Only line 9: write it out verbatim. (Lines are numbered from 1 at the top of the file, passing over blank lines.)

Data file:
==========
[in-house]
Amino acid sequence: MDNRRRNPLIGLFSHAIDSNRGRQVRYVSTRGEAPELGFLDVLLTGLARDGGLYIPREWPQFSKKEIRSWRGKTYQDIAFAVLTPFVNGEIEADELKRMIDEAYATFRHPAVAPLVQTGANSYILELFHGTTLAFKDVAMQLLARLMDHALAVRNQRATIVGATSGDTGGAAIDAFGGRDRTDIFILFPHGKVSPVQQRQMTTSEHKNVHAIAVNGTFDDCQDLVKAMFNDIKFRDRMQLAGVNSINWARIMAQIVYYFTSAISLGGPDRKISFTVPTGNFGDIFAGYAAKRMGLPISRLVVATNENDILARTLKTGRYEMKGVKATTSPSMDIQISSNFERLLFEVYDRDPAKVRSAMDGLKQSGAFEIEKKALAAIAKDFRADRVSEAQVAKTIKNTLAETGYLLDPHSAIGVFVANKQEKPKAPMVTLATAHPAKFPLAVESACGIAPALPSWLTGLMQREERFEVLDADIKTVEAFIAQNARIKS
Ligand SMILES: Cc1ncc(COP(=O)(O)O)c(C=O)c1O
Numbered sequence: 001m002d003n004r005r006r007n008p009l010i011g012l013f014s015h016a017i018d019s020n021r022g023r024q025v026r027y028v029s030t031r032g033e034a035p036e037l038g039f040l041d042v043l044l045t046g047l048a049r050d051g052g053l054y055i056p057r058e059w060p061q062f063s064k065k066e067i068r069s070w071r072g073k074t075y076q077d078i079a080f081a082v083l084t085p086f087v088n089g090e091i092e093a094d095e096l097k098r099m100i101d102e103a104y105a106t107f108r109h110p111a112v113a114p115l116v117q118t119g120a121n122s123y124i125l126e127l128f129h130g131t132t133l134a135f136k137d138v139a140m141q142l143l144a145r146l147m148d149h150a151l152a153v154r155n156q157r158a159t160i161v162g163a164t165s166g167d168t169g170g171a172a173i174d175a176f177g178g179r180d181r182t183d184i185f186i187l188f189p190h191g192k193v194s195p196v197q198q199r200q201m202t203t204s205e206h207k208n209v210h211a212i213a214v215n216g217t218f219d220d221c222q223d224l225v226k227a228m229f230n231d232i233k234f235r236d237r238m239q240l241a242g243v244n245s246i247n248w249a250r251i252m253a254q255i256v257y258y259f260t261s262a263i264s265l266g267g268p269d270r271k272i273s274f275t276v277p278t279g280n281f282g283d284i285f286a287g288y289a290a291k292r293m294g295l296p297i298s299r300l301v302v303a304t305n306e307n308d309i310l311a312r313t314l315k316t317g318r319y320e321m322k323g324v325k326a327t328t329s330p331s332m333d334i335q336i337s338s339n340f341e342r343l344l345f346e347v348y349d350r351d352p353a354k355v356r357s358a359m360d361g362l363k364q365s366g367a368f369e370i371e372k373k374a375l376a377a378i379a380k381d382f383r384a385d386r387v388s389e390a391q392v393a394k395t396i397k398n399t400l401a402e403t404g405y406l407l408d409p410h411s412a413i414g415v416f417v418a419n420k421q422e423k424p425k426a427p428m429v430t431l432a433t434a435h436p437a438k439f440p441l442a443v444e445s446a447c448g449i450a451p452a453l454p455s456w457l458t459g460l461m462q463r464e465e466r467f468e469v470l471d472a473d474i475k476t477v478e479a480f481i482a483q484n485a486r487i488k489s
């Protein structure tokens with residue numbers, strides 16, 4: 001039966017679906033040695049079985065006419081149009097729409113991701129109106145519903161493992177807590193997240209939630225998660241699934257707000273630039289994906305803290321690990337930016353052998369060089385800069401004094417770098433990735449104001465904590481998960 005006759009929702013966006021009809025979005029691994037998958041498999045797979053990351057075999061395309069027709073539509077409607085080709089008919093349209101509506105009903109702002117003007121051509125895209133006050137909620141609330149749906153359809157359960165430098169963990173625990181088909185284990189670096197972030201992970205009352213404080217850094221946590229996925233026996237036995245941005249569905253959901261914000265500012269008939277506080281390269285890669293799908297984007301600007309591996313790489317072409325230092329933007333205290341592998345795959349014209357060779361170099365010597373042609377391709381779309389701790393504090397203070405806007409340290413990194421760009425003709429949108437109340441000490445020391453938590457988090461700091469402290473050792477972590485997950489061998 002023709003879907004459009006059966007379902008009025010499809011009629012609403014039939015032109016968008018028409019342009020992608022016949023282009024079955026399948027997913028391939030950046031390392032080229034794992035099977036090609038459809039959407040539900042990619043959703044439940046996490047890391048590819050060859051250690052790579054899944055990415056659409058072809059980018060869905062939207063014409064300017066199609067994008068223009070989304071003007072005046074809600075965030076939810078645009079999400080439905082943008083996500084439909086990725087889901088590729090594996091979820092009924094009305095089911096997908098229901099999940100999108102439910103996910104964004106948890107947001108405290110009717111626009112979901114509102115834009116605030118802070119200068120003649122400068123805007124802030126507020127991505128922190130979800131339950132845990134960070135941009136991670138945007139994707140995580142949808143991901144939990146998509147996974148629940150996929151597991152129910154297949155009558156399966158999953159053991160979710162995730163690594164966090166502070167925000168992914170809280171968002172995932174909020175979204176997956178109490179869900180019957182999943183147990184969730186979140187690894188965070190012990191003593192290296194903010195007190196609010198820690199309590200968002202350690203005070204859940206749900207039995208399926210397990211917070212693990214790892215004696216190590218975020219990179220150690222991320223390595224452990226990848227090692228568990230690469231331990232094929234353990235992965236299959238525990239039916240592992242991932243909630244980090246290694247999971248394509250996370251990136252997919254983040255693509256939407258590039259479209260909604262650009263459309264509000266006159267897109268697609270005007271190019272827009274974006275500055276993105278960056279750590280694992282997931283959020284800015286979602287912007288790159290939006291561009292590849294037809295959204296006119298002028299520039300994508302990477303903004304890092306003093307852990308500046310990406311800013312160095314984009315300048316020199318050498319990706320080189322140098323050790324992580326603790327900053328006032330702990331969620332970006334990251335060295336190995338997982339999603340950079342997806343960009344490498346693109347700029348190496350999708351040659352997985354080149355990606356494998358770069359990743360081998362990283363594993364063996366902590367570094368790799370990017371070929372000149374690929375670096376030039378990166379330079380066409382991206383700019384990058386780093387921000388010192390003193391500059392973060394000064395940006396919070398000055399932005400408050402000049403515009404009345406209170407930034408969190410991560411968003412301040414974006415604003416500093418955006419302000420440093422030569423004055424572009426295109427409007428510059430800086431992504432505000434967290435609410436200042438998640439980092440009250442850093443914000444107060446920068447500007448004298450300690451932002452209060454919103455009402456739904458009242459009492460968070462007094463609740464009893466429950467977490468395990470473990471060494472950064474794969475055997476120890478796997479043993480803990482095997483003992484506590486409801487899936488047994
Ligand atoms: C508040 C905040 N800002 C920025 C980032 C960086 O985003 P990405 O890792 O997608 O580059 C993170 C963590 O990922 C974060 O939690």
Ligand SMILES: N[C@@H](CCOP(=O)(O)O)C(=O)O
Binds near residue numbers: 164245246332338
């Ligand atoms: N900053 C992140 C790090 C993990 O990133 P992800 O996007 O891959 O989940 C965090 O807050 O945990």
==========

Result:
């Ligand atoms: N900053 C992140 C790090 C993990 O990133 P992800 O996007 O891959 O989940 C965090 O807050 O945990």